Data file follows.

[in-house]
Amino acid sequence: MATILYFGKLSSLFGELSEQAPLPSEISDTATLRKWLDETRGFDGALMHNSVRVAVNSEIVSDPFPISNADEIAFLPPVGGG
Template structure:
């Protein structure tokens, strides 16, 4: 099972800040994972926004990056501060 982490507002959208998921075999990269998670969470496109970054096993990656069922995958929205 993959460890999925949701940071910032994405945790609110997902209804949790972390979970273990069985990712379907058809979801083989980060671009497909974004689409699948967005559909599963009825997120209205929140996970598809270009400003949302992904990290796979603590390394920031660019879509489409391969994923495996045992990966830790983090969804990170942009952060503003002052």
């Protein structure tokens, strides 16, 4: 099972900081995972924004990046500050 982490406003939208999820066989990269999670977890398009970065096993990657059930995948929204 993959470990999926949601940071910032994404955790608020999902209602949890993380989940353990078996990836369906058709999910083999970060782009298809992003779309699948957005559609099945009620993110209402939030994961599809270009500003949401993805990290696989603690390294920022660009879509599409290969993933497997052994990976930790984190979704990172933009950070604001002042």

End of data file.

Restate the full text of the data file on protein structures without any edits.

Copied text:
[in-house]
Amino acid sequence: MATILYFGKLSSLFGELSEQAPLPSEISDTATLRKWLDETRGFDGALMHNSVRVAVNSEIVSDPFPISNADEIAFLPPVGGG
Template structure:
């Protein structure tokens, strides 16, 4: 099972800040994972926004990056501060 982490507002959208998921075999990269998670969470496109970054096993990656069922995958929205 993959460890999925949701940071910032994405945790609110997902209804949790972390979970273990069985990712379907058809979801083989980060671009497909974004689409699948967005559909599963009825997120209205929140996970598809270009400003949302992904990290796979603590390394920031660019879509489409391969994923495996045992990966830790983090969804990170942009952060503003002052």
């Protein structure tokens, strides 16, 4: 099972900081995972924004990046500050 982490406003939208999820066989990269999670977890398009970065096993990657059930995948929204 993959470990999926949601940071910032994404955790608020999902209602949890993380989940353990078996990836369906058709999910083999970060782009298809992003779309699948957005559609099945009620993110209402939030994961599809270009500003949401993805990290696989603690390294920022660009879509599409290969993933497997052994990976930790984190979704990172933009950070604001002042």